"I’m sorry tae tell ye, lass,"  said the brigand, "but that tom-fool of a Griff didnae die.  Weel, not then, anyway.  He still lived when the Duke’s men caught us.  Now, weel, I reckon he’s dead."

She recognized him as the one who had given the order to kill Dame Roberta, and hot anger flashed through her.

Jilias started to lunge forward, but Catherine clung to her arm.

"Wait, Jilias,"  she whispered, "we’ll get him when he comes close."

Jilias didn’t think it was terribly good advice, but she couldn’t break away without exposing Catherine to danger, so she waited, sword ready.

The ruffian came nearer, sword dragging on the floor.

"D’ye wish tae spit me with poor Griff’s sword?"  he bellowed, making both of the start, "weel, here I am, ye whores!  Come on then!"

"We are not whores,"  said Jilias, summoning what dignity she could.

"So say ye now,"  said the Highlander, "but wait till ye’ve had a taste of the flesh, then whores ye’ll be, sure as sure!  I’ll calc ye both good,"  he leered at them, "like that lusty old harpy we had last night."  

Jilias stiffened in horror, though she had never heard the term calc before, but Catherine lunged past her.  Jilias charged as soon as she realized what was happening, but the flat of his sword hit her in the head and she fell, her head ringing and her vision blurred.  She clung to her sword and turned over, trying to get back into the fight, but she couldn’t move properly, and saw nothing but stars.  She could hear Catherine screaming in terror, but her eyes couldn’t see so far.  Then there was a great thud, and a ringing voice filled the cave.

"Stand up, villain!"  it said, "can you not fight a man?"

Her eyes cleared a little and she saw Damon standing tall and wrathful before the waterfall, while the fallen ruffian fumbled with his sword.  Catherine lay on her side, hose around her ankles, and Jilias crawled over to her, aching to comfort her in some way.  She held the other girl tight and turned to look at Damon again.

He wore a coat-of-plates with his own charge upon it, and a longsword shone bright in his hand.  Though dripping wet and wearing leather trousers slashed and torn, he looked so noble that her heart gave a throb.  His short black hair stuck out at odd angles from the force of the waterfall, and the fierce look in his eyes as he glanced at her brought an answering savage smile to her lips.  She helped Catherine pull up her hose, watching the two men with confidence.  She noticed one oddity.  Damon had a rope coiled around his waist.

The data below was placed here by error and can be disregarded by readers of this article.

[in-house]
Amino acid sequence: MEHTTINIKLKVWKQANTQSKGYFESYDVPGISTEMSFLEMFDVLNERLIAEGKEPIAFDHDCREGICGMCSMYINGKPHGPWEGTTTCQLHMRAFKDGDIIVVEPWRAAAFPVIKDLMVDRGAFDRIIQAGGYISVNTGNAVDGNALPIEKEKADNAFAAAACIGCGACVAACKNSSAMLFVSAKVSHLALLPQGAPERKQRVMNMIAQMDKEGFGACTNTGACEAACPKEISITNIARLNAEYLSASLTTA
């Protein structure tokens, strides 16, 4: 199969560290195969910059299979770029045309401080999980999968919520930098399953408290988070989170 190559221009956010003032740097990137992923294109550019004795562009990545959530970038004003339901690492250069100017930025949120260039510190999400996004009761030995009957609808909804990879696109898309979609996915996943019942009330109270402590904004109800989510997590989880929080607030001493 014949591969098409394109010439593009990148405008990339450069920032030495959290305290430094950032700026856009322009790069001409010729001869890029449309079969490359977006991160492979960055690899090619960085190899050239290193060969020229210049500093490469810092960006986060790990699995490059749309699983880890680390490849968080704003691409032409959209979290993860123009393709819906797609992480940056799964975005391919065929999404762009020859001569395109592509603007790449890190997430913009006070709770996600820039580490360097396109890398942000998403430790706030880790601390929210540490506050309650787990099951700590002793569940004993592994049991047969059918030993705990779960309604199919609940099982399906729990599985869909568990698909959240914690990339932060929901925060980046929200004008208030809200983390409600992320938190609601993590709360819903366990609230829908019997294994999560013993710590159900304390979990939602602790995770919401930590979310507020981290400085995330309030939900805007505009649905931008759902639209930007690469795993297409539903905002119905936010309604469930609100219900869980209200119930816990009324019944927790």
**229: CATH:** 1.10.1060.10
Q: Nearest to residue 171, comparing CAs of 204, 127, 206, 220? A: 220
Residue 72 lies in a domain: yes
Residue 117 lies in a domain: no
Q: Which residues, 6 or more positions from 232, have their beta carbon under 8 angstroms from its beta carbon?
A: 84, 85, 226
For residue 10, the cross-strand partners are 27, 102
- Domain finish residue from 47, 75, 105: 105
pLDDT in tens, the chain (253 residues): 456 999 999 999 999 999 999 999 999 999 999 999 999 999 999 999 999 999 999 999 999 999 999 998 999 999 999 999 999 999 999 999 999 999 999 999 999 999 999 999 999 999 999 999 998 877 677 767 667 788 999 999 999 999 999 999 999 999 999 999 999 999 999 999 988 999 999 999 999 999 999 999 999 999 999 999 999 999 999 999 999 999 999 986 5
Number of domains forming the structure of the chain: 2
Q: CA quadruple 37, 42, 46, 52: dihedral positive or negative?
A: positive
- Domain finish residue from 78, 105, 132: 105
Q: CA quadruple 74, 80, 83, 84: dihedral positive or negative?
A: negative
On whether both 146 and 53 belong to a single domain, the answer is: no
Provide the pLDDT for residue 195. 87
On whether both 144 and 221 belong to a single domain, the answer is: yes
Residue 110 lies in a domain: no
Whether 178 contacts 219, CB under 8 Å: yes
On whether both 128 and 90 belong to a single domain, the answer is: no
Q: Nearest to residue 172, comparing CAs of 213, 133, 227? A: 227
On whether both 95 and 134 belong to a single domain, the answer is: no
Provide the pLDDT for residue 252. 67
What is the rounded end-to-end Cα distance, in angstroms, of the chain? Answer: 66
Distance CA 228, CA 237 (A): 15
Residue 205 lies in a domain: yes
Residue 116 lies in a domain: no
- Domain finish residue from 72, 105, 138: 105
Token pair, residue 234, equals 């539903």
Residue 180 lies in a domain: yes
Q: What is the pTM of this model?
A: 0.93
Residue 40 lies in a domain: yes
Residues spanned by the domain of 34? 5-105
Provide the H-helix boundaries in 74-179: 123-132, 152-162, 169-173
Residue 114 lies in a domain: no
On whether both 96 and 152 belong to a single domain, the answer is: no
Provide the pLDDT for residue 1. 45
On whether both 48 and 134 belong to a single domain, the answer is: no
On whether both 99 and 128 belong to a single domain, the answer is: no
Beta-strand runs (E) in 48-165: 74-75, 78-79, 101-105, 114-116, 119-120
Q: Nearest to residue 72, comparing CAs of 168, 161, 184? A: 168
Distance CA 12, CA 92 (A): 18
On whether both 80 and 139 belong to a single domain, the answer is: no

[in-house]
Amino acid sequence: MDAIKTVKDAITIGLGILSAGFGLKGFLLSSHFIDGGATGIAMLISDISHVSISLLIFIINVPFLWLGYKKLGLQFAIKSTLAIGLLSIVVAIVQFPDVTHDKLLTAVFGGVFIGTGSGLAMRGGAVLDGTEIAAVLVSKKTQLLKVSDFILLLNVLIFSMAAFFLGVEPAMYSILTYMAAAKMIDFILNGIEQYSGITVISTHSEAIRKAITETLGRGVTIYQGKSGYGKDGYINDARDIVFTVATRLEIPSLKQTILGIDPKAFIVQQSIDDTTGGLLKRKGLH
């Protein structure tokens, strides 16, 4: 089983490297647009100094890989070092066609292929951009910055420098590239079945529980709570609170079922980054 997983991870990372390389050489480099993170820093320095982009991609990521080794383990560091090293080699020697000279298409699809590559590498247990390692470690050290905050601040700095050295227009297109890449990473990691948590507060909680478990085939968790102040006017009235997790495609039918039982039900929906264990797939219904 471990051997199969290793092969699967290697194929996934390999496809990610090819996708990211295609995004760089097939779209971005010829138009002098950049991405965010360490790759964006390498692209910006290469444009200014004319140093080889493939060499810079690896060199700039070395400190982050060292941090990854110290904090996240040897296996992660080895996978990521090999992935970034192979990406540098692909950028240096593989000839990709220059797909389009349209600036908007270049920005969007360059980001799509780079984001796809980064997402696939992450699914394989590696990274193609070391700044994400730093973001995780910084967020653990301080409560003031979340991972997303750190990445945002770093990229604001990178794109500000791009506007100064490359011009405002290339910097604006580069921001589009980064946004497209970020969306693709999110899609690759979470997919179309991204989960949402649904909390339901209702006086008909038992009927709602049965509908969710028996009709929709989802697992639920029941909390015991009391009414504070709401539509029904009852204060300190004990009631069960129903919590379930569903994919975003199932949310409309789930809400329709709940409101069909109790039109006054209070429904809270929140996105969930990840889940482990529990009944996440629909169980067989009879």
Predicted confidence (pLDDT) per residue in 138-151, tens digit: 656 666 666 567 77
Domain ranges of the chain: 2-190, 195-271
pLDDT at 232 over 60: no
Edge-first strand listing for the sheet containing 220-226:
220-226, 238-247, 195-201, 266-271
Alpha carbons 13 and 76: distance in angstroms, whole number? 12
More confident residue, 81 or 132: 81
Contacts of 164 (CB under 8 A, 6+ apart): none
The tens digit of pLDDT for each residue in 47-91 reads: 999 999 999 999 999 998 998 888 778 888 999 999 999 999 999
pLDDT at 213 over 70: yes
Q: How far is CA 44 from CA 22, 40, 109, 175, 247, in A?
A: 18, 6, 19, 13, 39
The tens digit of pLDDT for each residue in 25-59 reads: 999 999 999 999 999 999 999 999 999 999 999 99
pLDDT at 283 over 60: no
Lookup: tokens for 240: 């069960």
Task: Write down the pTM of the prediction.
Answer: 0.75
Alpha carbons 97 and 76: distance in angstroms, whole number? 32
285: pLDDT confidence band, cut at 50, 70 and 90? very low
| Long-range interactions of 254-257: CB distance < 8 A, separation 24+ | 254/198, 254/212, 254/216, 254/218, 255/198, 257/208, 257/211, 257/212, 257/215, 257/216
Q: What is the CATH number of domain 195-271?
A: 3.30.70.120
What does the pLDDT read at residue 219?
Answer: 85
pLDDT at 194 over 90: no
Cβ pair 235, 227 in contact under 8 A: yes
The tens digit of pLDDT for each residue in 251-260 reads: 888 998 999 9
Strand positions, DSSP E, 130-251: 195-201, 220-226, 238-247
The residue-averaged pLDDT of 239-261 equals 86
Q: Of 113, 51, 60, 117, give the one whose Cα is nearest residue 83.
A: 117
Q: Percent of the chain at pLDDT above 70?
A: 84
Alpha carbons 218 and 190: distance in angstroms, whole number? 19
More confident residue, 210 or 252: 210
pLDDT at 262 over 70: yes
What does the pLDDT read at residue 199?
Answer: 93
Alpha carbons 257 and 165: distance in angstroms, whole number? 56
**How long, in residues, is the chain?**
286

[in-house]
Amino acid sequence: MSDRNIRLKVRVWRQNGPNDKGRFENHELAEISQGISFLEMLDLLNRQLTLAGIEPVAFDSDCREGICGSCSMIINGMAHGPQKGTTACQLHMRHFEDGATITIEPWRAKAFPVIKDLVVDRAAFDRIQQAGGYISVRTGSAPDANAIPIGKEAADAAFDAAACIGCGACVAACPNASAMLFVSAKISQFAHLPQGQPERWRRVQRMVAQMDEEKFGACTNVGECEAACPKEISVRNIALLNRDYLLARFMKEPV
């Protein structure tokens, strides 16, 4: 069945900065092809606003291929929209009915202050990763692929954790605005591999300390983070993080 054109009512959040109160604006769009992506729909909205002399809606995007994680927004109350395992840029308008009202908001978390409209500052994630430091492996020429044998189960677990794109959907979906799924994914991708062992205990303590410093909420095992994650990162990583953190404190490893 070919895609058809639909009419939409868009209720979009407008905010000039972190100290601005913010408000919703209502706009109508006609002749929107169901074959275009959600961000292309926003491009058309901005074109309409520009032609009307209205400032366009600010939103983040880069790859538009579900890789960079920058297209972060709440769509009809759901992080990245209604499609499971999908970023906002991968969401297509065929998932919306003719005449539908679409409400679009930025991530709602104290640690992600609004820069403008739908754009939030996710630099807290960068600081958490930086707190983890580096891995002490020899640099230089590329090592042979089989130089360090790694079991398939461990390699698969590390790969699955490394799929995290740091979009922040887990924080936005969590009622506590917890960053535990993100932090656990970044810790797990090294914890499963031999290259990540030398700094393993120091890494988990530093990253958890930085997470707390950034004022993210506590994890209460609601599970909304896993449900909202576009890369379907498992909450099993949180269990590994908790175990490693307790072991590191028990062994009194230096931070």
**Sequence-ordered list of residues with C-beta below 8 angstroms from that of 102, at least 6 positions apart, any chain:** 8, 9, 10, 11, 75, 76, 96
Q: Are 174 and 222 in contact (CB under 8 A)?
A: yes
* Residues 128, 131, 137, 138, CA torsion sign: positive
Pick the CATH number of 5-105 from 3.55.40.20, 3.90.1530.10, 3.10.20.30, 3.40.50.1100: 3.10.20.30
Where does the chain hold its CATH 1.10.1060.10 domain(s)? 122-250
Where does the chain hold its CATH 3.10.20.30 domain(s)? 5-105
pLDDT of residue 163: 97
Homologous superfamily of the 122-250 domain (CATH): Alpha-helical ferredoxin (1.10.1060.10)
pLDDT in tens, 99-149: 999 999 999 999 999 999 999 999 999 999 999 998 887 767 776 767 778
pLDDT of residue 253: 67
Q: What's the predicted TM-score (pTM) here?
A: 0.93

The outlaw leader righted himself and came slowly towards Damon, sword held low.

"There are two whores,"  he said, "och, I’ll take the one and ye can have the black haired wench."

"I’m not here to talk,"  Damon snarled, "best say something wise, you craven cur.  They’ll be your last words."  He backed up a pace.  "Jilias,"  he said, "is this the one that killed Dame Roberta?"

"No,"  Jilias said, "but he ordered it.  And he told us that they ravished her."

Damon glanced at her again, and the cold fury in his eyes reassured her. Damon would not lose.

The rogue clansman attacked while Damon looked away, but Damon waited for such a move.  The two swords clanged and parted, and the ruffian kicked out with a booted foot, catching Damon in the knee.  Damon rolled with it, however, pulling back quickly, and the punched the Highlander in the face with the pommel of his sword.  The outlaw fell, his face bloody, teeth spewing from his mouth.  Damon snatched the fallen sword and tossed it aside, then unwrapped the rope from around his waist.  The Highlander squealed in terror as the end came away a noose.  Damon kicked the ruffian in the face, then looped the noose around his neck.  Then he hauled the line up over his shoulder while the Highlander clawed at the rope and choked.